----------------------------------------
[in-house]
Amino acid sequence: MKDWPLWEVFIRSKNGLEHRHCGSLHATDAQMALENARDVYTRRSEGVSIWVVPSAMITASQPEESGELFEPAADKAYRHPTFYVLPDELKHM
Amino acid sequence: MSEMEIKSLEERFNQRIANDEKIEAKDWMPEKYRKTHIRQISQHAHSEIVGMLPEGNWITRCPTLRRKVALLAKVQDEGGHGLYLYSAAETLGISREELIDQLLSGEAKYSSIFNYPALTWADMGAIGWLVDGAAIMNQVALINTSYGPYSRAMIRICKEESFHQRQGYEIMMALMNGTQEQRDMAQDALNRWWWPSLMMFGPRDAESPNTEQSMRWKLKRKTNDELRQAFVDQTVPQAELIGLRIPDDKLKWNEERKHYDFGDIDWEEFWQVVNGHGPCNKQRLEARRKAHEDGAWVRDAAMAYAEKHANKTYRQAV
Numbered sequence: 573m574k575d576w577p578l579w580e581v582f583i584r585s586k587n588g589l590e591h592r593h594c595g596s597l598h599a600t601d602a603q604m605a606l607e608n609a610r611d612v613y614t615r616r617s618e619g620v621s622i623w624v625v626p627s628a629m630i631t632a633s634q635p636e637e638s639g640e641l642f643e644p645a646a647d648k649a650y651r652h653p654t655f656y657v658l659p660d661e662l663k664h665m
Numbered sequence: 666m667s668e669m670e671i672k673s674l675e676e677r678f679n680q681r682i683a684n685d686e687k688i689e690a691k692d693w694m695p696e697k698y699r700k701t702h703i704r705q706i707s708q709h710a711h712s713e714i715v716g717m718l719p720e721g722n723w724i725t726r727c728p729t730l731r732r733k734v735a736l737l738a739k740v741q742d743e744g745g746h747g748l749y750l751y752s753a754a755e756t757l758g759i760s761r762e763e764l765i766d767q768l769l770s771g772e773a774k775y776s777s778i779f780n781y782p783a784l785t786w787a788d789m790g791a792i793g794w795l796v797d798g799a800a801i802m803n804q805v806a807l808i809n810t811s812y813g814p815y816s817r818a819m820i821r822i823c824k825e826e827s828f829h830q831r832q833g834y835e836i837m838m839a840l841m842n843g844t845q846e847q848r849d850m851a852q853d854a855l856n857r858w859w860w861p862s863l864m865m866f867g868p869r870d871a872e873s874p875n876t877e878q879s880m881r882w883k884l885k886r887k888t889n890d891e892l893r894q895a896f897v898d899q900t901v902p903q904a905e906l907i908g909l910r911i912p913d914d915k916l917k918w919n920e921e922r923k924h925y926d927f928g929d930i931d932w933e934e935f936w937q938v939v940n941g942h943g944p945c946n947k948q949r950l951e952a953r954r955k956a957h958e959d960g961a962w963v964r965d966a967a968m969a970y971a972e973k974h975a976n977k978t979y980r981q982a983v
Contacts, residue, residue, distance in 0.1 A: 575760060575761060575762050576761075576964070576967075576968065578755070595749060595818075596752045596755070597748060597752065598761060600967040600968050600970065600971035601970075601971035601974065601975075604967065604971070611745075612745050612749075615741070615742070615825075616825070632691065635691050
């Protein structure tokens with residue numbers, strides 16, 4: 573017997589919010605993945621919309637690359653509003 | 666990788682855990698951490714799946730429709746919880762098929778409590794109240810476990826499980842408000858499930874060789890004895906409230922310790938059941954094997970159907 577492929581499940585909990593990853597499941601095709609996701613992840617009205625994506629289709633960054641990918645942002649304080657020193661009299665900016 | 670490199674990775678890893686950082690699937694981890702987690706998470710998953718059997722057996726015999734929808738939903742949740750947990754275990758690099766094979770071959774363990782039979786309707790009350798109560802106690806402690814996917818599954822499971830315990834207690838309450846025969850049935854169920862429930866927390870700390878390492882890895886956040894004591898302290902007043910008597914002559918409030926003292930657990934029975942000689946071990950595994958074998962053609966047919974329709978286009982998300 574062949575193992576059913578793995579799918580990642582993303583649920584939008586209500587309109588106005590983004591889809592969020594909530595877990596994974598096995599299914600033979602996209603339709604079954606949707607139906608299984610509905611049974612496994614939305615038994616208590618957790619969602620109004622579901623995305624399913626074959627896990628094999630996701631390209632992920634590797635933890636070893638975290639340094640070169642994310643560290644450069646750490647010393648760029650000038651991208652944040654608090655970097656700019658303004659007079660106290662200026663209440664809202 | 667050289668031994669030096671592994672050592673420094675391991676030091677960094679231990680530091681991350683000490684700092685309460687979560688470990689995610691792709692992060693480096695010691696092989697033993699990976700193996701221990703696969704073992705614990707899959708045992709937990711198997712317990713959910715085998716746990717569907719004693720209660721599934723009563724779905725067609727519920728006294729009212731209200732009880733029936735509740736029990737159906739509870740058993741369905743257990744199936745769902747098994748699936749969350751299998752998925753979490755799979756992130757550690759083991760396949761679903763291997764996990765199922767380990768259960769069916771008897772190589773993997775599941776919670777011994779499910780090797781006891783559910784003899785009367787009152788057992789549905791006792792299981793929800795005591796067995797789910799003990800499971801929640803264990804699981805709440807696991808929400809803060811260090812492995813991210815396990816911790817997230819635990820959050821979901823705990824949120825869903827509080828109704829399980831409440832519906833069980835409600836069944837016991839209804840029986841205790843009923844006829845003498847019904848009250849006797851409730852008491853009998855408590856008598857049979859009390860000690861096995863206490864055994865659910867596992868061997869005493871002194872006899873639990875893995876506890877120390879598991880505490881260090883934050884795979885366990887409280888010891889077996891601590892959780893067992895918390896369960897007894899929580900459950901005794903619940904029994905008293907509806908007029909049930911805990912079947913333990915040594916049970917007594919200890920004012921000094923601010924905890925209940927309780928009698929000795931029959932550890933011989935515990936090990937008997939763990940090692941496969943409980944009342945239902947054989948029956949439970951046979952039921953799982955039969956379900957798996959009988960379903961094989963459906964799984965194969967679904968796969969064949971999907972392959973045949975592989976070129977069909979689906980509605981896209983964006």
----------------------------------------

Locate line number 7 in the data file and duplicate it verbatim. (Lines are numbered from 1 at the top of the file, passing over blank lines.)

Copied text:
């Protein structure tokens with residue numbers, strides 16, 4: 573017997589919010605993945621919309637690359653509003 | 666990788682855990698951490714799946730429709746919880762098929778409590794109240810476990826499980842408000858499930874060789890004895906409230922310790938059941954094997970159907 577492929581499940585909990593990853597499941601095709609996701613992840617009205625994506629289709633960054641990918645942002649304080657020193661009299665900016 | 670490199674990775678890893686950082690699937694981890702987690706998470710998953718059997722057996726015999734929808738939903742949740750947990754275990758690099766094979770071959774363990782039979786309707790009350798109560802106690806402690814996917818599954822499971830315990834207690838309450846025969850049935854169920862429930866927390870700390878390492882890895886956040894004591898302290902007043910008597914002559918409030926003292930657990934029975942000689946071990950595994958074998962053609966047919974329709978286009982998300 574062949575193992576059913578793995579799918580990642582993303583649920584939008586209500587309109588106005590983004591889809592969020594909530595877990596994974598096995599299914600033979602996209603339709604079954606949707607139906608299984610509905611049974612496994614939305615038994616208590618957790619969602620109004622579901623995305624399913626074959627896990628094999630996701631390209632992920634590797635933890636070893638975290639340094640070169642994310643560290644450069646750490647010393648760029650000038651991208652944040654608090655970097656700019658303004659007079660106290662200026663209440664809202 | 667050289668031994669030096671592994672050592673420094675391991676030091677960094679231990680530091681991350683000490684700092685309460687979560688470990689995610691792709692992060693480096695010691696092989697033993699990976700193996701221990703696969704073992705614990707899959708045992709937990711198997712317990713959910715085998716746990717569907719004693720209660721599934723009563724779905725067609727519920728006294729009212731209200732009880733029936735509740736029990737159906739509870740058993741369905743257990744199936745769902747098994748699936749969350751299998752998925753979490755799979756992130757550690759083991760396949761679903763291997764996990765199922767380990768259960769069916771008897772190589773993997775599941776919670777011994779499910780090797781006891783559910784003899785009367787009152788057992789549905791006792792299981793929800795005591796067995797789910799003990800499971801929640803264990804699981805709440807696991808929400809803060811260090812492995813991210815396990816911790817997230819635990820959050821979901823705990824949120825869903827509080828109704829399980831409440832519906833069980835409600836069944837016991839209804840029986841205790843009923844006829845003498847019904848009250849006797851409730852008491853009998855408590856008598857049979859009390860000690861096995863206490864055994865659910867596992868061997869005493871002194872006899873639990875893995876506890877120390879598991880505490881260090883934050884795979885366990887409280888010891889077996891601590892959780893067992895918390896369960897007894899929580900459950901005794903619940904029994905008293907509806908007029909049930911805990912079947913333990915040594916049970917007594919200890920004012921000094923601010924905890925209940927309780928009698929000795931029959932550890933011989935515990936090990937008997939763990940090692941496969943409980944009342945239902947054989948029956949439970951046979952039921953799982955039969956379900957798996959009988960379903961094989963459906964799984965194969967679904968796969969064949971999907972392959973045949975592989976070129977069909979689906980509605981896209983964006």